dongyun6229
2009-06-27 17:58
浏览 51

C#和PHP OOP的区别

I have a general OOP question.

If I have the following classes in C#

class Parent
{
    public string val = "Parent";

    public void getValue()
    {
        Console.WriteLine(this.val);
    }
}

class Child:Parent
{
    public string val = "Child";
}

Child child = new Child();
child.getValue();

The code outputs 'Parent'. As I understand it's because this points to Parent object, right?

If I do the same in PHP5:

class ParentClass {
public $val = 'parent';

    public function foo()
    {
        echo $this->val;
    }
}

class ChildClass extends ParentClass {
public $val = 'child';
}

$a = new ChildClass();
$a->foo();

The result will be 'child'.

Though if I change

public $val = 'parent'; 

to

private $val = 'parent';

then PHP will also show 'parent'. C# always return 'parent' with both public and private access modifiers.

Is there any reason for this? And which behavior is correct?

Any useful links to read will be highly appreciated!

Thank you!

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我有一般的OOP问题。

如果我在C#中有以下类

  class Parent 
 {
 public string val =“Parent”; 
  
 public void getValue()
 {
 Console.WriteLine(this.val); 
} 
} 
 
class Child:Parent 
 {
 public string val =“Child”; 
}  
 
Child child = new Child(); 
child.getValue(); 
   
 
 

代码输出'Parent'。 据我所知,这是因为这指向了Parent对象,对吗?

如果我在PHP5中也这样做:

  class ParentClass {\  npublic $ val ='parent'; 
 
公共函数foo()
 {
 echo $ this-> val; 
} 
} 
 
class ChildClass扩展ParentClass {
public $ val ='  child'; 
} 
 
 $ a = new ChildClass(); 
 $ a-> foo(); 
   
 
 

结果将是 'child'。

虽然我改变了

  public $ val ='parent';  
   
 
 

to

  private $ val ='parent'; 
    
 
 

然后PHP也会显示'parent'。 C#总是使用公共和私有访问修饰符返回'parent'。

这有什么理由吗? 哪种行为是正确的?

任何有用的阅读链接都将受到高度赞赏!

谢谢!

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3条回答 默认 最新

  • doujia1904 2009-06-27 18:05
    已采纳

    There is no correct or incorrect behavior in your stated scenarios. The language designers did what made sense to them.

    The reason you don't get the expected behavior in c# is because GetValue is being called in the Parent class, where "this" means the parent val.

    To get the correct behavior, you would include the same method in the Child class, with the override keyword:

    public class Child
    {
        public string val = "Child";
        public override void GetValue()
        {
            Console.WriteLine(val);
        }
    }
    

    ...which would print "Child" to the console.

    已采纳该答案
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  • droe9376 2009-06-27 18:11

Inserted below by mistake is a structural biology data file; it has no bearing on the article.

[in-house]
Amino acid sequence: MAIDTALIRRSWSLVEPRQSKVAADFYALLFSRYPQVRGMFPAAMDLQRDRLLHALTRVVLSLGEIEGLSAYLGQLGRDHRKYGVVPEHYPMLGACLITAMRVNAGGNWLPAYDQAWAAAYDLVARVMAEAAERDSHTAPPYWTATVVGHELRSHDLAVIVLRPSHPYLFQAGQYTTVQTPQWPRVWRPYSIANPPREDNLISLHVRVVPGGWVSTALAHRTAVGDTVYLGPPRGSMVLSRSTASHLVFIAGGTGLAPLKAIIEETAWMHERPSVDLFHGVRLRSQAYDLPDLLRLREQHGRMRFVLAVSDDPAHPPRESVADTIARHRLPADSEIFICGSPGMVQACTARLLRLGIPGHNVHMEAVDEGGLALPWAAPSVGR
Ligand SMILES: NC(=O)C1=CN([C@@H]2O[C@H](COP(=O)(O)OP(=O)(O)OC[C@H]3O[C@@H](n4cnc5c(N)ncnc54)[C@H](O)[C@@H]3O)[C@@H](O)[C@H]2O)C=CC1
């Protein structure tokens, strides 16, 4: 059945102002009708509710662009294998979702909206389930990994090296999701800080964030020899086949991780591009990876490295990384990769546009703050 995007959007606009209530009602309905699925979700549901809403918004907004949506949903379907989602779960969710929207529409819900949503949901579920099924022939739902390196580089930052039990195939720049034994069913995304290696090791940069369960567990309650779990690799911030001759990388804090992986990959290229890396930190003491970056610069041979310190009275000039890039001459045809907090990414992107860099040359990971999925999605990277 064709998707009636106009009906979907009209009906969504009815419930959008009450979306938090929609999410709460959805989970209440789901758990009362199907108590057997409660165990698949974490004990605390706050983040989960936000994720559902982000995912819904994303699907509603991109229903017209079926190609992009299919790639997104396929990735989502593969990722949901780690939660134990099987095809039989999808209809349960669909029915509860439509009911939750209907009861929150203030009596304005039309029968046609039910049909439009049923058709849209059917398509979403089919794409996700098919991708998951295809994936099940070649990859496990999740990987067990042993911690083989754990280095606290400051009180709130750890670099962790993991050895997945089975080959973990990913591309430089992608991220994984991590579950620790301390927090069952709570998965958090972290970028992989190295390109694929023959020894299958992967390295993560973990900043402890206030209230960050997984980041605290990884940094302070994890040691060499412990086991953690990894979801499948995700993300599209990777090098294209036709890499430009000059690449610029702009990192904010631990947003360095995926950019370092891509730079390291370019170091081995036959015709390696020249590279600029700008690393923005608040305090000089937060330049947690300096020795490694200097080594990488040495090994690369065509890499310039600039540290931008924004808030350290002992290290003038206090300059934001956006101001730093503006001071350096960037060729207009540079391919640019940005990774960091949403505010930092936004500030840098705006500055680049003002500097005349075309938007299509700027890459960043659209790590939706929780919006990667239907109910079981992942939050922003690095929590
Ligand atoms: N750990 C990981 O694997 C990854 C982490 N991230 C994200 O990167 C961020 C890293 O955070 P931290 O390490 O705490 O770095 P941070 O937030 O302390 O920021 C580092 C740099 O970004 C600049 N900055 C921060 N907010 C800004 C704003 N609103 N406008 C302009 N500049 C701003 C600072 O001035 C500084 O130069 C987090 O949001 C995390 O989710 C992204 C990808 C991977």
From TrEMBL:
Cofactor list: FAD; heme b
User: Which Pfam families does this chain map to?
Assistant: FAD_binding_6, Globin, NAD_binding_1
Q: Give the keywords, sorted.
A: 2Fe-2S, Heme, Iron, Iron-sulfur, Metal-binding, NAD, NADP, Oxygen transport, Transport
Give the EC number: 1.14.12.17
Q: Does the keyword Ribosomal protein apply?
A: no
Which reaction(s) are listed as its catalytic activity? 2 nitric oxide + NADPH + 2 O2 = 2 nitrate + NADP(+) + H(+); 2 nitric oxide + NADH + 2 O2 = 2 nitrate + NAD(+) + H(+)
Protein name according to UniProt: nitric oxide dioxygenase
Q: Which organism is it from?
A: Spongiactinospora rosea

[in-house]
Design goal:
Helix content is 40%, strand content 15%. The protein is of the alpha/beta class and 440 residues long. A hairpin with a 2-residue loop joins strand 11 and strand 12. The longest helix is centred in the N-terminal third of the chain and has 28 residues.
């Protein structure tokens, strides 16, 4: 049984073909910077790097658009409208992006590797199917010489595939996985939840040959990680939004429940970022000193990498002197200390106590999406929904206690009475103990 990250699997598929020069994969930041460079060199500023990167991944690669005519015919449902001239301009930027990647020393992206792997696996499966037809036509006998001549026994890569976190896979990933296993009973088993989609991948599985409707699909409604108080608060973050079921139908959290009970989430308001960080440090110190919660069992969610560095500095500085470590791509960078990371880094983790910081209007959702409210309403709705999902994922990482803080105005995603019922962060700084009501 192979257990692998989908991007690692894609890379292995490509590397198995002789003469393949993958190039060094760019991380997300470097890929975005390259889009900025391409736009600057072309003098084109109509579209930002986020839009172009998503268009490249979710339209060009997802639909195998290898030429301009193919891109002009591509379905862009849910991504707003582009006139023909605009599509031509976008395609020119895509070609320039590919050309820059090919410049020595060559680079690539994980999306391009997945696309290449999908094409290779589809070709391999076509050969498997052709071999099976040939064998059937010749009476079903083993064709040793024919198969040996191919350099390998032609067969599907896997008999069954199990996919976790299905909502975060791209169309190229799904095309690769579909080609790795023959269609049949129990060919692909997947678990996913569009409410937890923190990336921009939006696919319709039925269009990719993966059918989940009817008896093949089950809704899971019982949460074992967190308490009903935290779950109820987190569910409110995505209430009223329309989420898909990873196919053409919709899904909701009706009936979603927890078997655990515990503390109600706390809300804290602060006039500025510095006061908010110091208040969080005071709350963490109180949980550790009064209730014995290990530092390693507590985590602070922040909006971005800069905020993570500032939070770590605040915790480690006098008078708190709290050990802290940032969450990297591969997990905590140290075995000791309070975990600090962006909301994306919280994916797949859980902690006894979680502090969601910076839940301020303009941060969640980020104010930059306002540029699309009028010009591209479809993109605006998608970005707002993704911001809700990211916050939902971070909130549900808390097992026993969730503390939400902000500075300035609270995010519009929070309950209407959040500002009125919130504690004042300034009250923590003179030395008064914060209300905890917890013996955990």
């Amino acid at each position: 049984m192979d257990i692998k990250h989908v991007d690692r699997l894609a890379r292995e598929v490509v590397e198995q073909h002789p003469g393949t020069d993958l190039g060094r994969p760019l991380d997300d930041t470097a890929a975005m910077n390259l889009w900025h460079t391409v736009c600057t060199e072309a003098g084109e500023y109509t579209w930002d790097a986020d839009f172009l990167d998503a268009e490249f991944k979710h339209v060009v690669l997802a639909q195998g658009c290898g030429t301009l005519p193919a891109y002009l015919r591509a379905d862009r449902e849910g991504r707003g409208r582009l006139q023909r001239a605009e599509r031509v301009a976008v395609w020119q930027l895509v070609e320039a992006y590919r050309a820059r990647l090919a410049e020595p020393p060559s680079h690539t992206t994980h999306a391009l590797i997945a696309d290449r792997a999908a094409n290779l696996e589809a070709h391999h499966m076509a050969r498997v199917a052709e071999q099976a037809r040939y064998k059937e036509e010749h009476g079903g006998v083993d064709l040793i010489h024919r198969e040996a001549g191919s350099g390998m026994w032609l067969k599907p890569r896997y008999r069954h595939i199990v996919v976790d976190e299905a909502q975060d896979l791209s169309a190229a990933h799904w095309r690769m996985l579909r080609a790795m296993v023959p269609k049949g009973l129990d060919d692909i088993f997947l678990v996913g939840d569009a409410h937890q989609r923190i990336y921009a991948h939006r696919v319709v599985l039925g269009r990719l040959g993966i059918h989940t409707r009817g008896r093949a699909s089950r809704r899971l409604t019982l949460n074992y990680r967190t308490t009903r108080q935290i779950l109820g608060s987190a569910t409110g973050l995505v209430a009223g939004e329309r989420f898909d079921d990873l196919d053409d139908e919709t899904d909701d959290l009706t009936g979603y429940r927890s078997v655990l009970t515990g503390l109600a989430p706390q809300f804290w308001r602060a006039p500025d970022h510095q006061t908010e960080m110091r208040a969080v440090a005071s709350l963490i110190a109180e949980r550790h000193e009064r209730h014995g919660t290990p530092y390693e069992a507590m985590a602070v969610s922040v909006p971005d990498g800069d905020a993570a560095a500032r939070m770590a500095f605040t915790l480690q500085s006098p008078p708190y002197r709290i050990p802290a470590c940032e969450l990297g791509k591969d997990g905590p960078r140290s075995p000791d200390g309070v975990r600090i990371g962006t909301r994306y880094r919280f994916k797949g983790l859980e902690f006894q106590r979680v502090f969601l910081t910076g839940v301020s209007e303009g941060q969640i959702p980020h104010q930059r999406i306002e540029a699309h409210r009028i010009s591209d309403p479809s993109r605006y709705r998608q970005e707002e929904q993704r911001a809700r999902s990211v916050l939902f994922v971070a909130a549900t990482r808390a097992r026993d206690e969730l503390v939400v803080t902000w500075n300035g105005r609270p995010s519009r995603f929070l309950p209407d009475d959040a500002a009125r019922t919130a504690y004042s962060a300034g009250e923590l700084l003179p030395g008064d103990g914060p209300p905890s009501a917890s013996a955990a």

I think PHP OOP is behaving this way because it does not use the override or virtual modifiers present in other OOP languages. My guess would be that is either a limitation on how PHP works, or it just took too much time to write something that could easily be avoided.

    Here's how you would get similar results in C#:

    class Parent
    {
        // Public identifiers cannot be overridden in C#
        private string _val = "Parent";
        // Public properties can.
        public virtual string val
        {
            get { return _val; }
        }
    
        public void getValue()
        {
            Console.WriteLine(this.val);
        }
    }
    
    class Child : Parent
    {
        private string _val = "Child";
        public virtual string val
        {
            get { return _val; }
        }
    }
    
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  • douhuan9289 2009-06-27 18:25

    PHP's expression is not evaluated until runtime, so it makes sense for it to use the derived class's object. However, C#'s expression is evaluated at compile time. A base class function has no idea whether it will be overridden, so it will reference the string it knows about.

    That's where the virtual keyword comes in for functions, which tell the compiler to expect this to be overridden. It will look up the function in the vtable. But there's no equivalent to that for data.

    However, you could make it into a virtual property and you would have the behavior you expect. Since properties are functions in disguise, they use the vtable.

    Here's the code to achieve the PHP effect.

    class Parent{    
        public virtual string val 
        {
            get { return "Parent"; }
        }
    
        public void getValue()    
        {        
            Console.WriteLine(this.val);    
        }
    }
    
    class Child:Parent
    {
        public override string val
        {
            get { return "Child"; }
        }
    }
    
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